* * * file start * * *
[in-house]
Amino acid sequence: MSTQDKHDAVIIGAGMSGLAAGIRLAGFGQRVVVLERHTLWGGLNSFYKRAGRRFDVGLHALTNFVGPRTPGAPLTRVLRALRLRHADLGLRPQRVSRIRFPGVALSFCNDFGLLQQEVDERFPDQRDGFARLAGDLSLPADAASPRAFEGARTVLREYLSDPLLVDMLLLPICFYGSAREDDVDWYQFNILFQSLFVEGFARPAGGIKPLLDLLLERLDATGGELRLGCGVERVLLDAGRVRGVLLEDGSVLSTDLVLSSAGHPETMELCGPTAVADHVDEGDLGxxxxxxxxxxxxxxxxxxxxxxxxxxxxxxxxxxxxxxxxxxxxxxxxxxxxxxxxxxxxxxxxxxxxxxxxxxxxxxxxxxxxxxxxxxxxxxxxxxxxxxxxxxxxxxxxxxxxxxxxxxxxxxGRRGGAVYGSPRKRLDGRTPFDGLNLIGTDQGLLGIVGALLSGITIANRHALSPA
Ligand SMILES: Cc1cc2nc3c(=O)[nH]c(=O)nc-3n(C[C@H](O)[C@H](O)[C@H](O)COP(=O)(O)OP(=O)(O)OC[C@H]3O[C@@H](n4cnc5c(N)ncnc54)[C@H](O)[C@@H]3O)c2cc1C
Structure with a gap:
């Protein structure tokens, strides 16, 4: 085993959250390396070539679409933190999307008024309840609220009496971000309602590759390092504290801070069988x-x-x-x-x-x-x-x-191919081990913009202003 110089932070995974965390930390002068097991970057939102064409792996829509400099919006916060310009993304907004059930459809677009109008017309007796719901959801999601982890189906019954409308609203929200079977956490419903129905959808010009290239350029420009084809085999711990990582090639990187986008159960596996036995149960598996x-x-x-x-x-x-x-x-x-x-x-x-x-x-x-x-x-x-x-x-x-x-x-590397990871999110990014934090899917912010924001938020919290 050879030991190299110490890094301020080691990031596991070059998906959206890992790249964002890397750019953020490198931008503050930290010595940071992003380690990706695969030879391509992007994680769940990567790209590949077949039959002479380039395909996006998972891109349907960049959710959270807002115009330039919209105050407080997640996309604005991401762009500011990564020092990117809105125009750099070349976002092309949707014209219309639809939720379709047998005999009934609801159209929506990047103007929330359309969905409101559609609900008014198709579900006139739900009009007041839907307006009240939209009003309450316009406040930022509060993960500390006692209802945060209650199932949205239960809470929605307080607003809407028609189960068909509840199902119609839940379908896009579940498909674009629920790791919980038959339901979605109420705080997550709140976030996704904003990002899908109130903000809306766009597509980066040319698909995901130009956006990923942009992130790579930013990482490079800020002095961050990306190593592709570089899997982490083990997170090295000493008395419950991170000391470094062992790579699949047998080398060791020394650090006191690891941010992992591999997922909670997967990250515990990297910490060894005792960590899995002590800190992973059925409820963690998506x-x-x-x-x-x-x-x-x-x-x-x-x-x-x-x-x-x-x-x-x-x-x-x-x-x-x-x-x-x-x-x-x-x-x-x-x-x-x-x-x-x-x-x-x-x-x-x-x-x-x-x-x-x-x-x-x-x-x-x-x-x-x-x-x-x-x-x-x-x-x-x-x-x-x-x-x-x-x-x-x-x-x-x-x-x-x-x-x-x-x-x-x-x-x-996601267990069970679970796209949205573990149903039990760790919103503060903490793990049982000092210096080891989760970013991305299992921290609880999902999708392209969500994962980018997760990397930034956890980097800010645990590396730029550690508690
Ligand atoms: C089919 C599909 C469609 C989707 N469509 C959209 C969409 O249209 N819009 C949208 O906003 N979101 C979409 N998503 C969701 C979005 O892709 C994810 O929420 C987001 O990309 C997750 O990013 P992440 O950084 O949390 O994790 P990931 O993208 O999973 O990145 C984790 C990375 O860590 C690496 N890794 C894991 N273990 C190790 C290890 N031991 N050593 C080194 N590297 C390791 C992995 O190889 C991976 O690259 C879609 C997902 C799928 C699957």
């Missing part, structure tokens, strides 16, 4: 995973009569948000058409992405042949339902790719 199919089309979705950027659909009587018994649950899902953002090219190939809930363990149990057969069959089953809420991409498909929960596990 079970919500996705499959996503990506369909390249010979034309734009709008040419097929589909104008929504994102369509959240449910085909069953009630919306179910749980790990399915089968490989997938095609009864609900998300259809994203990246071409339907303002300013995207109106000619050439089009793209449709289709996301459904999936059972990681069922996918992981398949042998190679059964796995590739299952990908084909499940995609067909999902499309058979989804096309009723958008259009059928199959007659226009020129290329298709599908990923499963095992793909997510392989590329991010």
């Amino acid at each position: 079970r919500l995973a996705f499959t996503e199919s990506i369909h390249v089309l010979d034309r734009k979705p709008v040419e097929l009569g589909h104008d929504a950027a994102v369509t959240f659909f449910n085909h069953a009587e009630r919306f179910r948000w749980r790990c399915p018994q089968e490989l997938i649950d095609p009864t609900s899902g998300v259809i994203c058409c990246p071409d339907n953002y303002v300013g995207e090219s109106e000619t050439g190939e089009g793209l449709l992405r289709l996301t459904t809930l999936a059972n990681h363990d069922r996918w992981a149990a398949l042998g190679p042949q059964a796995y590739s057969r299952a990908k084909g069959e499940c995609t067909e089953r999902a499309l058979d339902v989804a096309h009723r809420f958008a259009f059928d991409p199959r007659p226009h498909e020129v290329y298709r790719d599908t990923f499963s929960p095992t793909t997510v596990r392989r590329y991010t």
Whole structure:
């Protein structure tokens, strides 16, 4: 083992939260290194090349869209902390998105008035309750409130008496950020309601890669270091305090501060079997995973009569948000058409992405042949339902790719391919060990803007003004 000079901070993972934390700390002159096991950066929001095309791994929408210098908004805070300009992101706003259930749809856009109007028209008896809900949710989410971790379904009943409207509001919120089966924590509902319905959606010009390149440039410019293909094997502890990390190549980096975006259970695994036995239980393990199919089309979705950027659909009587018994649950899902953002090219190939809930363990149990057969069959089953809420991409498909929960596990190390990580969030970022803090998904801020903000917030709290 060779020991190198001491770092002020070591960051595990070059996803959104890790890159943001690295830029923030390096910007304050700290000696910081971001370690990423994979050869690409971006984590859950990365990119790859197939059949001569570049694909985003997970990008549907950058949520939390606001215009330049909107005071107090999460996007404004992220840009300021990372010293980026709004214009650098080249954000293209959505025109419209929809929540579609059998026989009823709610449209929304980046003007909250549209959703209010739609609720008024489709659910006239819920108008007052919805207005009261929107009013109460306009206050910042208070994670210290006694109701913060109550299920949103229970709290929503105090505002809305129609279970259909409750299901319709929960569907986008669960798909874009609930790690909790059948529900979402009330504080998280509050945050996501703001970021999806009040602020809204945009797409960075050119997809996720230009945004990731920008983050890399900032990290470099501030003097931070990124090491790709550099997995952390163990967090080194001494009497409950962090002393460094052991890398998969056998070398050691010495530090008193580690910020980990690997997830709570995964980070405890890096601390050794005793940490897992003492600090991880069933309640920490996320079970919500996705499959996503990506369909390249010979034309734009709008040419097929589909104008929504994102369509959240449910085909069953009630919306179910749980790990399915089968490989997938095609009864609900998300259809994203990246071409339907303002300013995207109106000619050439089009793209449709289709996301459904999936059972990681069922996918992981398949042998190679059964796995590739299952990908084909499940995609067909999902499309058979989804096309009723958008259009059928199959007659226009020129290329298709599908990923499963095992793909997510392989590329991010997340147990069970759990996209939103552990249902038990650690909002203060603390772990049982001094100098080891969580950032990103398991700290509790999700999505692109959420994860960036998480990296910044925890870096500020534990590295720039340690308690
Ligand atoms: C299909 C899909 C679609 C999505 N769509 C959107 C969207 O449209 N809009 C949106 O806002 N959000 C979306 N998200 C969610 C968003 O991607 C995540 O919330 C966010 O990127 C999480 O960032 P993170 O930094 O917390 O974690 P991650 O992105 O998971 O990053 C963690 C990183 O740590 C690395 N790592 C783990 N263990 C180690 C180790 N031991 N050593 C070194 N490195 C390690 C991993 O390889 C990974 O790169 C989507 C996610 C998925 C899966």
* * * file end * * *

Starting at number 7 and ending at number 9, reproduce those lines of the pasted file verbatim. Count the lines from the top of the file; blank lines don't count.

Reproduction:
């Missing part, structure tokens, strides 16, 4: 995973009569948000058409992405042949339902790719 199919089309979705950027659909009587018994649950899902953002090219190939809930363990149990057969069959089953809420991409498909929960596990 079970919500996705499959996503990506369909390249010979034309734009709008040419097929589909104008929504994102369509959240449910085909069953009630919306179910749980790990399915089968490989997938095609009864609900998300259809994203990246071409339907303002300013995207109106000619050439089009793209449709289709996301459904999936059972990681069922996918992981398949042998190679059964796995590739299952990908084909499940995609067909999902499309058979989804096309009723958008259009059928199959007659226009020129290329298709599908990923499963095992793909997510392989590329991010």
């Amino acid at each position: 079970r919500l995973a996705f499959t996503e199919s990506i369909h390249v089309l010979d034309r734009k979705p709008v040419e097929l009569g589909h104008d929504a950027a994102v369509t959240f659909f449910n085909h069953a009587e009630r919306f179910r948000w749980r790990c399915p018994q089968e490989l997938i649950d095609p009864t609900s899902g998300v259809i994203c058409c990246p071409d339907n953002y303002v300013g995207e090219s109106e000619t050439g190939e089009g793209l449709l992405r289709l996301t459904t809930l999936a059972n990681h363990d069922r996918w992981a149990a398949l042998g190679p042949q059964a796995y590739s057969r299952a990908k084909g069959e499940c995609t067909e089953r999902a499309l058979d339902v989804a096309h009723r809420f958008a259009f059928d991409p199959r007659p226009h498909e020129v290329y298709r790719d599908t990923f499963s929960p095992t793909t997510v596990r392989r590329y991010t």
Whole structure: